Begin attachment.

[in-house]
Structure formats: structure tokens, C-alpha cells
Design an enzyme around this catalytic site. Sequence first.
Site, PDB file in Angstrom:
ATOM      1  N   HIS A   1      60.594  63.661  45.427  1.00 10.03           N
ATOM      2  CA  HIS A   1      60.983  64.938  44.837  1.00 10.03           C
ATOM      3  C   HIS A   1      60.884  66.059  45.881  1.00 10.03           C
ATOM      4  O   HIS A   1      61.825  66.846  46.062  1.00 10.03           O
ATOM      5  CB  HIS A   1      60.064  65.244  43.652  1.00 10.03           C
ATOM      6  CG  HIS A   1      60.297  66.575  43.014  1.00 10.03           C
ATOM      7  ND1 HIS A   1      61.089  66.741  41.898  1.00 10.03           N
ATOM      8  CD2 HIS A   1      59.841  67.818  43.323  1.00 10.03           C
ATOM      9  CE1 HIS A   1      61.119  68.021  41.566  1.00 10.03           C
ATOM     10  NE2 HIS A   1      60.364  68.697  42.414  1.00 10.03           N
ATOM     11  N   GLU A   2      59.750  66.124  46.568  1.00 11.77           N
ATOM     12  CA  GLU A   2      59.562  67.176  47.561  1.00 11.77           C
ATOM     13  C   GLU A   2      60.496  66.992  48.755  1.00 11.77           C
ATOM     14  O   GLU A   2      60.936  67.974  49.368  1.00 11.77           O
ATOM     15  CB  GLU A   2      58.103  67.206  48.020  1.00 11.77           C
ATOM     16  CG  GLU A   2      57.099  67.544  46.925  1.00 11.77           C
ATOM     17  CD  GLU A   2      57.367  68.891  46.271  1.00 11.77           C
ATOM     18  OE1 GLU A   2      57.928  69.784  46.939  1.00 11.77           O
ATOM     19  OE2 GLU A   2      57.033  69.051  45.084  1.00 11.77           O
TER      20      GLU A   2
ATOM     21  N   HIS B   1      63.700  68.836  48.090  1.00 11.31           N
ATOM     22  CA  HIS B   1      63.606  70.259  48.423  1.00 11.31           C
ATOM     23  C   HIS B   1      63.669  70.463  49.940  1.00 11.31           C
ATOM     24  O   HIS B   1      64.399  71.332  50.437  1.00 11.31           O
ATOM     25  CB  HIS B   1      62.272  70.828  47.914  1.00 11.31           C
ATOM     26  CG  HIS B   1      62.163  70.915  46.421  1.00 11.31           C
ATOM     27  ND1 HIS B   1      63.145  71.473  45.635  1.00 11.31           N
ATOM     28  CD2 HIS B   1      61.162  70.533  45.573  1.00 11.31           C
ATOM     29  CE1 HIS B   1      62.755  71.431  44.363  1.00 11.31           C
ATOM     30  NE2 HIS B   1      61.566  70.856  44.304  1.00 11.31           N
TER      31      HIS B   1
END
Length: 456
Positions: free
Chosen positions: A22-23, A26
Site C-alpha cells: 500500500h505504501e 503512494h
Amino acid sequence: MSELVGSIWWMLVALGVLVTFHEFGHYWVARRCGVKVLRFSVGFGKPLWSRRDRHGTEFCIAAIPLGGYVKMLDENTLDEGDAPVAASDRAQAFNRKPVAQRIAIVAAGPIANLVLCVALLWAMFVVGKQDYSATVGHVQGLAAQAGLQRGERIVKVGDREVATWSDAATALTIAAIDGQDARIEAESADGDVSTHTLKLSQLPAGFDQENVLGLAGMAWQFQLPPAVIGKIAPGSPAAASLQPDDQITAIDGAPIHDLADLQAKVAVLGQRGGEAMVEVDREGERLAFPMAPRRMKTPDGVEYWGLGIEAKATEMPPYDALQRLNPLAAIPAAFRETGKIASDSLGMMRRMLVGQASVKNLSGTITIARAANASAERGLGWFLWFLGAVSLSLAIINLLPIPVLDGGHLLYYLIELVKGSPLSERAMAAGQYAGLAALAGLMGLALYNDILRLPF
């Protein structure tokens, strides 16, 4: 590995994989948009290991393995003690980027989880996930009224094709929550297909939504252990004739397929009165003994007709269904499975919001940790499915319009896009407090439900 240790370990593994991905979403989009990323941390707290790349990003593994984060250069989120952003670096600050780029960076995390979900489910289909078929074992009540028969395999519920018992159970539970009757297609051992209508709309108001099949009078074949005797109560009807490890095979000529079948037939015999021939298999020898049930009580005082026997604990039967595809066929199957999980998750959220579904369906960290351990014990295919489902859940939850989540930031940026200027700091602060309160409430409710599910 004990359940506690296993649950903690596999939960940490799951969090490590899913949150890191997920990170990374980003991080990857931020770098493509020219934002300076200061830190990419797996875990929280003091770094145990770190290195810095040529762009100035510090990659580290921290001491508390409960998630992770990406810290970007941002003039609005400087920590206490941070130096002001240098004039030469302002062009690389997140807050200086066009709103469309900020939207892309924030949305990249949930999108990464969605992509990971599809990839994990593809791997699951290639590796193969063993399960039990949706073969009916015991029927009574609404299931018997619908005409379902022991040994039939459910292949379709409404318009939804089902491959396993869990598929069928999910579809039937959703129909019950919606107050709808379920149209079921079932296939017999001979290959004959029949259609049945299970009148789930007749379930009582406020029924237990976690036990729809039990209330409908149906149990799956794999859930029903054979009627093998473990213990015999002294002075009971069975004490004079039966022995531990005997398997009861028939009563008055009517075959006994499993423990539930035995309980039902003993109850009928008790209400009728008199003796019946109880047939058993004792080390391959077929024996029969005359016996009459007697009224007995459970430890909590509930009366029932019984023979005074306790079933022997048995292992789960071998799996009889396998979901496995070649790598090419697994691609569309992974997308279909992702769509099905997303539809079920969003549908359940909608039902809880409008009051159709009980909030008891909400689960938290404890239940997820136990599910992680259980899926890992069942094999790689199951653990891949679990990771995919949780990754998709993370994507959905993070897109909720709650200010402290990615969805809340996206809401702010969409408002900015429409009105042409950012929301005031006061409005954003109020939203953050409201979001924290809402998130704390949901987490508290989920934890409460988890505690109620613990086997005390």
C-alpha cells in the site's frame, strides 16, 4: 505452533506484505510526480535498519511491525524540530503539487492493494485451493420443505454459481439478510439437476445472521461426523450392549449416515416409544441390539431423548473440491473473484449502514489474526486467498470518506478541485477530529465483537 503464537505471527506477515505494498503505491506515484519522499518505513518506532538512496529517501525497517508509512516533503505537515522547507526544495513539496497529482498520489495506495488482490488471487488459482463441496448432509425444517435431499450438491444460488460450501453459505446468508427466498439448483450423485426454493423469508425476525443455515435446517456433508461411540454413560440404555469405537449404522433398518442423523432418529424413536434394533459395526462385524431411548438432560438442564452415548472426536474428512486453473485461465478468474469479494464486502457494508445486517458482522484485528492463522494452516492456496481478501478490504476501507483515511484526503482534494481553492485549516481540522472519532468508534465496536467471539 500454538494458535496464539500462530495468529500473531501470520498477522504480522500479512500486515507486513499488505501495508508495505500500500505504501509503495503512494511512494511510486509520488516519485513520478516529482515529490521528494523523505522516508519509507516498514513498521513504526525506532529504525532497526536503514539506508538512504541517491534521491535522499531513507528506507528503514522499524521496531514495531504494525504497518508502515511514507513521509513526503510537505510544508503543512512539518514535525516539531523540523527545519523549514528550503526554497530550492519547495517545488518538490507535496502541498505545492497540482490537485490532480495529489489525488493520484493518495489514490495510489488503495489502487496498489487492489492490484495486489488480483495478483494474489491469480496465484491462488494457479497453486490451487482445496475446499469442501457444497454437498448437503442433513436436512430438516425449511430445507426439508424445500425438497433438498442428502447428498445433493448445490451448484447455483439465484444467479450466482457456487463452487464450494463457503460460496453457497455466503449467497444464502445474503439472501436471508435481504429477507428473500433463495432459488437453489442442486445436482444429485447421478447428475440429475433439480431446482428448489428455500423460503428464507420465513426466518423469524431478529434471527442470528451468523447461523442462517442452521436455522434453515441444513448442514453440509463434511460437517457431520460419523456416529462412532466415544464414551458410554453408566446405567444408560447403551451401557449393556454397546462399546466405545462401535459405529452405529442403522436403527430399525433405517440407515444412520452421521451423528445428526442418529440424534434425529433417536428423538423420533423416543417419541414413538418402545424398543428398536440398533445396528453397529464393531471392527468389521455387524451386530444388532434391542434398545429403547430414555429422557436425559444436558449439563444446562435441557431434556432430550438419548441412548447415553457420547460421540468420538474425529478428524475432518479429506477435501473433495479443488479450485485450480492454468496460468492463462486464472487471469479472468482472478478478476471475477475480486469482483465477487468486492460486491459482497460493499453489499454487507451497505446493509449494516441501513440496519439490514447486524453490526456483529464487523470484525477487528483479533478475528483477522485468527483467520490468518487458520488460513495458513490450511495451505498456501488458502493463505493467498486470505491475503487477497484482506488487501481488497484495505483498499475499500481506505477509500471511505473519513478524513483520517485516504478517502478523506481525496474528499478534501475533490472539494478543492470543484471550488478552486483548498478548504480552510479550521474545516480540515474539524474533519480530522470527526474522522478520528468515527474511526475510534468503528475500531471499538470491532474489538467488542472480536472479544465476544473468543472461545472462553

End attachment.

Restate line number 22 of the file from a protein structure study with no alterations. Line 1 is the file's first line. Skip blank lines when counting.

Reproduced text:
ATOM     18  OE1 GLU A   2      57.928  69.784  46.939  1.00 11.77           O